Furthermore, my husband just landed a job after a three-month layoff and since I was the sole breadwinner, you better believe he was providing practically 100% childcare/housecare. We both agreed that made sense. Now that we’re both working, we split the chores. It’s awesome!

  20. Barbara
    Barbara says:

    Penelope, thank God you saved me from having spending money on therapy because I don’t fit in with my peers.

    I took your quiz, and although I was born a Gen Joneser who has been thinking all along that I am a boomer, I am really a Gen Yer!

    I knew it in my heart all along :)

    I can’t wait to tell me fiance, because I’m sure he’d prefer a younger woman.

    Oh, and I also am grateful because now I can be absolved of my guilt over creating the financial mess!

    What a great day, and I think it’s all happening to me because I watched the Louise Hay movie yesterday and repeated a bunch of affirmations before bed last night.

    Ok, gotta go now…heading out to J Crew to buy a new wardrobe…

    All the best,

  21. Beth
    Beth says:

    My birth cert says I’m the tail end of the b-boomers or ‘generation jones’ just like Obama. The test says I’m a Gen-Y. Those are all just words and labels. Penelope, we know you are looking for great role models for the Gen-X’ers, but your posts have more credibility with me when you avoid the use of stereotypes.

  22. chris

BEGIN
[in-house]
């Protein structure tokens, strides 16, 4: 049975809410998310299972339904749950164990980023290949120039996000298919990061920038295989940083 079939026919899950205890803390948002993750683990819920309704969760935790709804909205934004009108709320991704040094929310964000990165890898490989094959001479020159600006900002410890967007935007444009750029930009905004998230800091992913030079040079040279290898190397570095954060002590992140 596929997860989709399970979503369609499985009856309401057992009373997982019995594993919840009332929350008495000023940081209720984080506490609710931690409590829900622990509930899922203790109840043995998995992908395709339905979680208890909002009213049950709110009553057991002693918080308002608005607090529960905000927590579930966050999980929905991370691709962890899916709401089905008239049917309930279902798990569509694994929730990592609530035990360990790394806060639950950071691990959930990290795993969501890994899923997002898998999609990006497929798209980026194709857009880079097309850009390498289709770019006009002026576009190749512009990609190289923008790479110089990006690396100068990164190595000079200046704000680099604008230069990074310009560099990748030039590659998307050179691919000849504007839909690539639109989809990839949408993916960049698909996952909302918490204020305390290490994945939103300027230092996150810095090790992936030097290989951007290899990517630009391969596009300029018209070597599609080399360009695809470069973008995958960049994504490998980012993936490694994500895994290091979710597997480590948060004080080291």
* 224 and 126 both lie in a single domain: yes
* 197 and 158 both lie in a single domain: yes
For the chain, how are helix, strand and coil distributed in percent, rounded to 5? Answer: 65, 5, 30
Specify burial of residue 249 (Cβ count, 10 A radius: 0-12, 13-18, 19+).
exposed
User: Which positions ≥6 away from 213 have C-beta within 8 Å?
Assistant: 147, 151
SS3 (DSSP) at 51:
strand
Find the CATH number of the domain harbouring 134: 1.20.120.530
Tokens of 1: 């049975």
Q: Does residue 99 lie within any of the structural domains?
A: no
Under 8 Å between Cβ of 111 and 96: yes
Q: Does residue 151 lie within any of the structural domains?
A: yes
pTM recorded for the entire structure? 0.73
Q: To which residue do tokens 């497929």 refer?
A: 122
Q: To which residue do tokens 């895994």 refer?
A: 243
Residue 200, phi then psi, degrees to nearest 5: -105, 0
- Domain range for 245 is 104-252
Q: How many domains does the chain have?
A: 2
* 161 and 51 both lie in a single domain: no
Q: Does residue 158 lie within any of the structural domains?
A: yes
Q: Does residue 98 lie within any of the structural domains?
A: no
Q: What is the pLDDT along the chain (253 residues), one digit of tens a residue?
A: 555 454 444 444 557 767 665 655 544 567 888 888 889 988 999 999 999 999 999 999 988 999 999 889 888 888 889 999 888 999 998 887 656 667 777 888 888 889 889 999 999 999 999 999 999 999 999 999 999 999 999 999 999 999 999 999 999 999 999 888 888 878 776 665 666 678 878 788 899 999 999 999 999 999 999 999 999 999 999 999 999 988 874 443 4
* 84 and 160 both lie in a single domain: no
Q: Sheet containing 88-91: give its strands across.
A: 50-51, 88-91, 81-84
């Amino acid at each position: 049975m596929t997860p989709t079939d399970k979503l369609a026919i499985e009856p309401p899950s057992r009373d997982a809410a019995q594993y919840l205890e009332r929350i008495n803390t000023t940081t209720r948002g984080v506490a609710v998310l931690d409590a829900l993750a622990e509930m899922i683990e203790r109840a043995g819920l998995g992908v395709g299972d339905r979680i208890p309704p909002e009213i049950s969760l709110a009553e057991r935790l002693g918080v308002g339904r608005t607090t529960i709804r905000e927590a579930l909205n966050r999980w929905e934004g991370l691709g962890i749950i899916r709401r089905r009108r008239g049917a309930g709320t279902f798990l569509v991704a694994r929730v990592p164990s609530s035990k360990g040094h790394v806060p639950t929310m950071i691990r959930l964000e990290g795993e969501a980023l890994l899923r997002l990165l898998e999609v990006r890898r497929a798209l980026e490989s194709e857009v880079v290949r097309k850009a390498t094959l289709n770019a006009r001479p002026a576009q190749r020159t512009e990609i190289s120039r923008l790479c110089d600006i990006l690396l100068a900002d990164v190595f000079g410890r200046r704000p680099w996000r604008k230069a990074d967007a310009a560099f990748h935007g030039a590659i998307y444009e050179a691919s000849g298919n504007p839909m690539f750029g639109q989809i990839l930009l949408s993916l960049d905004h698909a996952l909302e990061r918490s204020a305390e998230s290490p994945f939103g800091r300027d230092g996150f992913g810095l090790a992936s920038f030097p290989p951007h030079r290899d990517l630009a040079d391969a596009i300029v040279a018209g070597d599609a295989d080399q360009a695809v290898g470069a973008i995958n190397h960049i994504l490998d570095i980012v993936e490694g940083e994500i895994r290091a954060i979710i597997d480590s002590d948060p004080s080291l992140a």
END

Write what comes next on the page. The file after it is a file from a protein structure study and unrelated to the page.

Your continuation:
chris says:

    You made a typo on Dan Ariely’s name, you might want to fix it in case readers are interested in his work–it’s all really good.

  23. The Opinionator
    The Opinionator says:

    Wow, who knew that I would earn less than my parents? Especially since all six children earn more than they ever did.

    “Michelle Obama has to overhaul the White House décor” That is not the case. She and he husband CHOOSE to do so. I do not begrudge them, but let’s not confuse “have to” with “choose to”. Just because they get clothes at J. Crew does not make one cost-conscious. And I have at least $700b reasons to say that…

  24. Neuromancer
    Neuromancer says:

    umm it was all those NINJA loans to post boomergenerations that caused the problem they gorged them sleves of sweeties they could not aford and no they are blaiming the shop owner instaed of takeing some of the reponisibility on themselves

  25. Steve Cook
    Steve Cook says:

    It seems to me that any attempt to generalize and explain major life trends by broad categories such as “baby boomers” or “Gen X or Y or Jones” is doomed to miss a lot of valuable information, simply by overlooking the impact that individuals and special interest groups have had on events throughout history. Malcolm Gladwell has identified some much narrower time-periods and phenomena in “Outliers”, as factors in well-known success stories. There are just too many other factors and variables out there beyond large-block generational trends.
    Even the most carefully and thoroughly constructed research is still only a model, subject to white noise(random error) and overlooked or omitted variables. Sometimes variables are omitted for the sake of simplification, as often the most simple model provides the best and most important information; sometimes variables are omitted to assure that a desired result is obtained. Some times the models are just wrong. Either way, all studies need to be understood in this context and from this perspective. Your analysis of increased condom use is a point in case: maybe people have already hunkered down into a depression era mentality and are really seeking to minimize the chance of unwanted offspring, or unexpected health-care expenditures, rather than just having more sex. Maybe more people are just getting lucky. Trying to pull that kind of information out of sales data alone is ill-advised at best.